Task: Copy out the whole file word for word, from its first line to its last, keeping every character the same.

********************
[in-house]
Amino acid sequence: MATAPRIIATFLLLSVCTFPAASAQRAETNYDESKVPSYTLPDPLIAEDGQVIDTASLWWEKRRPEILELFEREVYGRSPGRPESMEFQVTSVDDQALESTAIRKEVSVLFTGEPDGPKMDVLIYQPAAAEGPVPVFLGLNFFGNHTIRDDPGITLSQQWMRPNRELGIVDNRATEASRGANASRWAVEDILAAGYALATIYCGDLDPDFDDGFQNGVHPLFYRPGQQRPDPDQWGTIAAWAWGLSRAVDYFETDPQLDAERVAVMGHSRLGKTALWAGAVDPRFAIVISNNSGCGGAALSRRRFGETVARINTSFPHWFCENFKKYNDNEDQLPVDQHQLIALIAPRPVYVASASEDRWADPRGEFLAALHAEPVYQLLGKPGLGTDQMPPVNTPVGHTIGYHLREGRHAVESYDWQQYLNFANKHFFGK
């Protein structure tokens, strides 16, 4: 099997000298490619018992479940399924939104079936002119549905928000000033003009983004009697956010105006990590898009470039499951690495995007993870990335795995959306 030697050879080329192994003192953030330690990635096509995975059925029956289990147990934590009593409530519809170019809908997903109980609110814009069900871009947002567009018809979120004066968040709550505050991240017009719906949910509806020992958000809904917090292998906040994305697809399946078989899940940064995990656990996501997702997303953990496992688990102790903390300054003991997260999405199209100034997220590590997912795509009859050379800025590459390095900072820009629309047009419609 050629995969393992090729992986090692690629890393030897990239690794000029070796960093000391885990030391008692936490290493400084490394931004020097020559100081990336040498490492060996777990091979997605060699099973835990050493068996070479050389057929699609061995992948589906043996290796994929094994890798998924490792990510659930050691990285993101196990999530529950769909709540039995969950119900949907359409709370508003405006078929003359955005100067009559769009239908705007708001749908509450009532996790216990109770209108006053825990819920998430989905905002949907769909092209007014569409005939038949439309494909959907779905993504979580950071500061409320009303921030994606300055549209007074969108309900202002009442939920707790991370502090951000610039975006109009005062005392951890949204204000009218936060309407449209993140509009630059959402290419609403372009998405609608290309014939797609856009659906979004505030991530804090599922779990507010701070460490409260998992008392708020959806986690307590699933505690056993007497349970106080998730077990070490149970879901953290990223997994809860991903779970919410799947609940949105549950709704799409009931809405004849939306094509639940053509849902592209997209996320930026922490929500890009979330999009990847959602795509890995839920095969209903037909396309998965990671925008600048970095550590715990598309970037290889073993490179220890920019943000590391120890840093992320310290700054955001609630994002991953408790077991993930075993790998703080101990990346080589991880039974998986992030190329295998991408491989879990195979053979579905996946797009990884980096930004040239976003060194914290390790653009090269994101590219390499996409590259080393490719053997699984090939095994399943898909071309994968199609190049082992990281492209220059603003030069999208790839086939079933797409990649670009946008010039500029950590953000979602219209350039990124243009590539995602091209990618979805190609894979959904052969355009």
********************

[in-house]
Amino acid sequence: MATAPRIIATFLLLSVCTFPAASAQRAETNYDESKVPSYTLPDPLIAEDGQVIDTASLWWEKRRPEILELFEREVYGRSPGRPESMEFQVTSVDDQALESTAIRKEVSVLFTGEPDGPKMDVLIYQPAAAEGPVPVFLGLNFFGNHTIRDDPGITLSQQWMRPNRELGIVDNRATEASRGANASRWAVEDILAAGYALATIYCGDLDPDFDDGFQNGVHPLFYRPGQQRPDPDQWGTIAAWAWGLSRAVDYFETDPQLDAERVAVMGHSRLGKTALWAGAVDPRFAIVISNNSGCGGAALSRRRFGETVARINTSFPHWFCENFKKYNDNEDQLPVDQHQLIALIAPRPVYVASASEDRWADPRGEFLAALHAEPVYQLLGKPGLGTDQMPPVNTPVGHTIGYHLREGRHAVESYDWQQYLNFANKHFFGK
């Protein structure tokens, strides 16, 4: 099997000298490619018992479940399924939104079936002119549905928000000033003009983004009697956010105006990590898009470039499951690495995007993870990335795995959306 030697050879080329192994003192953030330690990635096509995975059925029956289990147990934590009593409530519809170019809908997903109980609110814009069900871009947002567009018809979120004066968040709550505050991240017009719906949910509806020992958000809904917090292998906040994305697809399946078989899940940064995990656990996501997702997303953990496992688990102790903390300054003991997260999405199209100034997220590590997912795509009859050379800025590459390095900072820009629309047009419609 050629995969393992090729992986090692690629890393030897990239690794000029070796960093000391885990030391008692936490290493400084490394931004020097020559100081990336040498490492060996777990091979997605060699099973835990050493068996070479050389057929699609061995992948589906043996290796994929094994890798998924490792990510659930050691990285993101196990999530529950769909709540039995969950119900949907359409709370508003405006078929003359955005100067009559769009239908705007708001749908509450009532996790216990109770209108006053825990819920998430989905905002949907769909092209007014569409005939038949439309494909959907779905993504979580950071500061409320009303921030994606300055549209007074969108309900202002009442939920707790991370502090951000610039975006109009005062005392951890949204204000009218936060309407449209993140509009630059959402290419609403372009998405609608290309014939797609856009659906979004505030991530804090599922779990507010701070460490409260998992008392708020959806986690307590699933505690056993007497349970106080998730077990070490149970879901953290990223997994809860991903779970919410799947609940949105549950709704799409009931809405004849939306094509639940053509849902592209997209996320930026922490929500890009979330999009990847959602795509890995839920095969209903037909396309998965990671925008600048970095550590715990598309970037290889073993490179220890920019943000590391120890840093992320310290700054955001609630994002991953408790077991993930075993790998703080101990990346080589991880039974998986992030190329295998991408491989879990195979053979579905996946797009990884980096930004040239976003060194914290390790653009090269994101590219390499996409590259080393490719053997699984090939095994399943898909071309994968199609190049082992990281492209220059603003030069999208790839086939079933797409990649670009946008010039500029950590953000979602219209350039990124243009590539995602091209990618979805190609894979959904052969355009």